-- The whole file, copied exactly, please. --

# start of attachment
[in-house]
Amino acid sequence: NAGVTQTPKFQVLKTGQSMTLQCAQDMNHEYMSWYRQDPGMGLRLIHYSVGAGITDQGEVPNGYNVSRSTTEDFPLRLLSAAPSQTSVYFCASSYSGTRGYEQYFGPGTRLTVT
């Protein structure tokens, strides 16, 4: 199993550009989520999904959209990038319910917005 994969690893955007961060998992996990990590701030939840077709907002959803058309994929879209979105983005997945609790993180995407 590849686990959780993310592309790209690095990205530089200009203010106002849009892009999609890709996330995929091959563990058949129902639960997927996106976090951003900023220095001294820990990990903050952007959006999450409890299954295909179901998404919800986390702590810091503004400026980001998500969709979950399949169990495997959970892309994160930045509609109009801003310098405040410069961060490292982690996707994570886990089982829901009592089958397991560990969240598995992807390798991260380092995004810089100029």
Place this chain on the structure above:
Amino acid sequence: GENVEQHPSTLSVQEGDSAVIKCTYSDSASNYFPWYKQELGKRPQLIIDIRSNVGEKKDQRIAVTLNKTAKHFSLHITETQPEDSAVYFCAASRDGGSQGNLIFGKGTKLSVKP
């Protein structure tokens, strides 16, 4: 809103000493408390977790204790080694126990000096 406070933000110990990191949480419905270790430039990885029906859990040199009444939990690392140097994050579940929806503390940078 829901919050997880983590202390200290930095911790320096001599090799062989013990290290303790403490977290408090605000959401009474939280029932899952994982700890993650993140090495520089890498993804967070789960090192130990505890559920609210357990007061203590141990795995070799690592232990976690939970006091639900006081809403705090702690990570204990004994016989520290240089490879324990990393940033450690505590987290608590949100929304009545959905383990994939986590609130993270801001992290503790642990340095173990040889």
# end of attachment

[in-house]
Amino acid sequence: NAGVTQTPKFQVLKTGQSMTLQCAQDMNHEYMSWYRQDPGMGLRLIHYSVGAGITDQGEVPNGYNVSRSTTEDFPLRLLSAAPSQTSVYFCASSYSGTRGYEQYFGPGTRLTVT
């Protein structure tokens, strides 16, 4: 199993550009989520999904959209990038319910917005 994969690893955007961060998992996990990590701030939840077709907002959803058309994929879209979105983005997945609790993180995407 590849686990959780993310592309790209690095990205530089200009203010106002849009892009999609890709996330995929091959563990058949129902639960997927996106976090951003900023220095001294820990990990903050952007959006999450409890299954295909179901998404919800986390702590810091503004400026980001998500969709979950399949169990495997959970892309994160930045509609109009801003310098405040410069961060490292982690996707994570886990089982829901009592089958397991560990969240598995992807390798991260380092995004810089100029």
Place this chain on the structure above:
Amino acid sequence: GENVEQHPSTLSVQEGDSAVIKCTYSDSASNYFPWYKQELGKRPQLIIDIRSNVGEKKDQRIAVTLNKTAKHFSLHITETQPEDSAVYFCAASRDGGSQGNLIFGKGTKLSVKP
């Protein structure tokens, strides 16, 4: 809103000493408390977790204790080694126990000096 406070933000110990990191949480419905270790430039990885029906859990040199009444939990690392140097994050579940929806503390940078 829901919050997880983590202390200290930095911790320096001599090799062989013990290290303790403490977290408090605000959401009474939280029932899952994982700890993650993140090495520089890498993804967070789960090192130990505890559920609210357990007061203590141990795995070799690592232990976690939970006091639900006081809403705090702690990570204990004994016989520290240089490879324990990393940033450690505590987290608590949100929304009545959905383990994939986590609130993270801001992290503790642990340095173990040889």